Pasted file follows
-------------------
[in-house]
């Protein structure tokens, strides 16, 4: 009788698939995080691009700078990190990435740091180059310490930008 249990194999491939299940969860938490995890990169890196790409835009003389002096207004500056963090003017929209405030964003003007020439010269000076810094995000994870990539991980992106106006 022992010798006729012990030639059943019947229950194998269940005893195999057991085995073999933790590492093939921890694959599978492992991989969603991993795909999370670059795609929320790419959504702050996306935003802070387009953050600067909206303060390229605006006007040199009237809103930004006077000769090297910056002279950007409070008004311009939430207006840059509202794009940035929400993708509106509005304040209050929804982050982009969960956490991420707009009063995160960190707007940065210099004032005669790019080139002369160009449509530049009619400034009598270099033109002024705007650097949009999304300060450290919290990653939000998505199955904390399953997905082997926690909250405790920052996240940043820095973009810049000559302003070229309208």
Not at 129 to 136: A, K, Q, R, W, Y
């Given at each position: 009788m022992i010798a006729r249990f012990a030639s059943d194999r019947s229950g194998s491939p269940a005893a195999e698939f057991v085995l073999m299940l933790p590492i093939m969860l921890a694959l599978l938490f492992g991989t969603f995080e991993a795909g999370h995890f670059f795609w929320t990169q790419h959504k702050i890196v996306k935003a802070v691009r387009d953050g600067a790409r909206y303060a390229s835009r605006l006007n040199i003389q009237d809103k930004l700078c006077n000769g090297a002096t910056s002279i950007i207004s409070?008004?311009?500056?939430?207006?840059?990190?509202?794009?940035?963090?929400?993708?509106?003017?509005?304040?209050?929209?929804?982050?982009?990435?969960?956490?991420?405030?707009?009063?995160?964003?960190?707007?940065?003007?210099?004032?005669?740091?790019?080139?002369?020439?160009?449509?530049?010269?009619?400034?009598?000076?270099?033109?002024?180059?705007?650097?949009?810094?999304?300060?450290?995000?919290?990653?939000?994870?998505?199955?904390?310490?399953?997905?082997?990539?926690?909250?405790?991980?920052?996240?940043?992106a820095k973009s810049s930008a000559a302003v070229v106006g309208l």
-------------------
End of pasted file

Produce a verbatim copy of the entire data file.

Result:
[in-house]
């Protein structure tokens, strides 16, 4: 009788698939995080691009700078990190990435740091180059310490930008 249990194999491939299940969860938490995890990169890196790409835009003389002096207004500056963090003017929209405030964003003007020439010269000076810094995000994870990539991980992106106006 022992010798006729012990030639059943019947229950194998269940005893195999057991085995073999933790590492093939921890694959599978492992991989969603991993795909999370670059795609929320790419959504702050996306935003802070387009953050600067909206303060390229605006006007040199009237809103930004006077000769090297910056002279950007409070008004311009939430207006840059509202794009940035929400993708509106509005304040209050929804982050982009969960956490991420707009009063995160960190707007940065210099004032005669790019080139002369160009449509530049009619400034009598270099033109002024705007650097949009999304300060450290919290990653939000998505199955904390399953997905082997926690909250405790920052996240940043820095973009810049000559302003070229309208």
Not at 129 to 136: A, K, Q, R, W, Y
């Given at each position: 009788m022992i010798a006729r249990f012990a030639s059943d194999r019947s229950g194998s491939p269940a005893a195999e698939f057991v085995l073999m299940l933790p590492i093939m969860l921890a694959l599978l938490f492992g991989t969603f995080e991993a795909g999370h995890f670059f795609w929320t990169q790419h959504k702050i890196v996306k935003a802070v691009r387009d953050g600067a790409r909206y303060a390229s835009r605006l006007n040199i003389q009237d809103k930004l700078c006077n000769g090297a002096t910056s002279i950007i207004s409070?008004?311009?500056?939430?207006?840059?990190?509202?794009?940035?963090?929400?993708?509106?003017?509005?304040?209050?929209?929804?982050?982009?990435?969960?956490?991420?405030?707009?009063?995160?964003?960190?707007?940065?003007?210099?004032?005669?740091?790019?080139?002369?020439?160009?449509?530049?010269?009619?400034?009598?000076?270099?033109?002024?180059?705007?650097?949009?810094?999304?300060?450290?995000?919290?990653?939000?994870?998505?199955?904390?310490?399953?997905?082997?990539?926690?909250?405790?991980?920052?996240?940043?992106a820095k973009s810049s930008a000559a302003v070229v106006g309208l």